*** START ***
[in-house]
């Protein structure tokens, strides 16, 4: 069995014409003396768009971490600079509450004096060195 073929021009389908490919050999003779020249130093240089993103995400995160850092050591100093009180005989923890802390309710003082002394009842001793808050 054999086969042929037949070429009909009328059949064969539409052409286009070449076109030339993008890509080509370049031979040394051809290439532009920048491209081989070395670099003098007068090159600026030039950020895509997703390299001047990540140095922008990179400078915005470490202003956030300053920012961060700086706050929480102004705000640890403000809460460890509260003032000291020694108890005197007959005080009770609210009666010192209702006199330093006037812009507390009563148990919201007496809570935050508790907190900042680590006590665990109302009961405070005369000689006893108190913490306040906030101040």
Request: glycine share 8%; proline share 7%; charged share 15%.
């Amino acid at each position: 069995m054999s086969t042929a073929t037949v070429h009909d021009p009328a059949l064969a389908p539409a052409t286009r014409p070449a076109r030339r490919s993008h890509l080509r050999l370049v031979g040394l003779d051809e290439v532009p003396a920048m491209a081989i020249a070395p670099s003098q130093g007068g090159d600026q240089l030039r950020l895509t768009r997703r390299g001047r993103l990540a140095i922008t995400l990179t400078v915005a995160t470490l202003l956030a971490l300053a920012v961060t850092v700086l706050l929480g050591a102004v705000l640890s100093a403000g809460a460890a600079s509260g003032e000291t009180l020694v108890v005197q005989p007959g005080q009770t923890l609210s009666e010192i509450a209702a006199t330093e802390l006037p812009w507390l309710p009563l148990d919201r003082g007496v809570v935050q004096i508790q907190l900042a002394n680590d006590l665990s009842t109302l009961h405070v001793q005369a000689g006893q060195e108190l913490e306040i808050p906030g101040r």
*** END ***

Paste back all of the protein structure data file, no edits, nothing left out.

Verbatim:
[in-house]
């Protein structure tokens, strides 16, 4: 069995014409003396768009971490600079509450004096060195 073929021009389908490919050999003779020249130093240089993103995400995160850092050591100093009180005989923890802390309710003082002394009842001793808050 054999086969042929037949070429009909009328059949064969539409052409286009070449076109030339993008890509080509370049031979040394051809290439532009920048491209081989070395670099003098007068090159600026030039950020895509997703390299001047990540140095922008990179400078915005470490202003956030300053920012961060700086706050929480102004705000640890403000809460460890509260003032000291020694108890005197007959005080009770609210009666010192209702006199330093006037812009507390009563148990919201007496809570935050508790907190900042680590006590665990109302009961405070005369000689006893108190913490306040906030101040």
Request: glycine share 8%; proline share 7%; charged share 15%.
């Amino acid at each position: 069995m054999s086969t042929a073929t037949v070429h009909d021009p009328a059949l064969a389908p539409a052409t286009r014409p070449a076109r030339r490919s993008h890509l080509r050999l370049v031979g040394l003779d051809e290439v532009p003396a920048m491209a081989i020249a070395p670099s003098q130093g007068g090159d600026q240089l030039r950020l895509t768009r997703r390299g001047r993103l990540a140095i922008t995400l990179t400078v915005a995160t470490l202003l956030a971490l300053a920012v961060t850092v700086l706050l929480g050591a102004v705000l640890s100093a403000g809460a460890a600079s509260g003032e000291t009180l020694v108890v005197q005989p007959g005080q009770t923890l609210s009666e010192i509450a209702a006199t330093e802390l006037p812009w507390l309710p009563l148990d919201r003082g007496v809570v935050q004096i508790q907190l900042a002394n680590d006590l665990s009842t109302l009961h405070v001793q005369a000689g006893q060195e108190l913490e306040i808050p906030g101040r």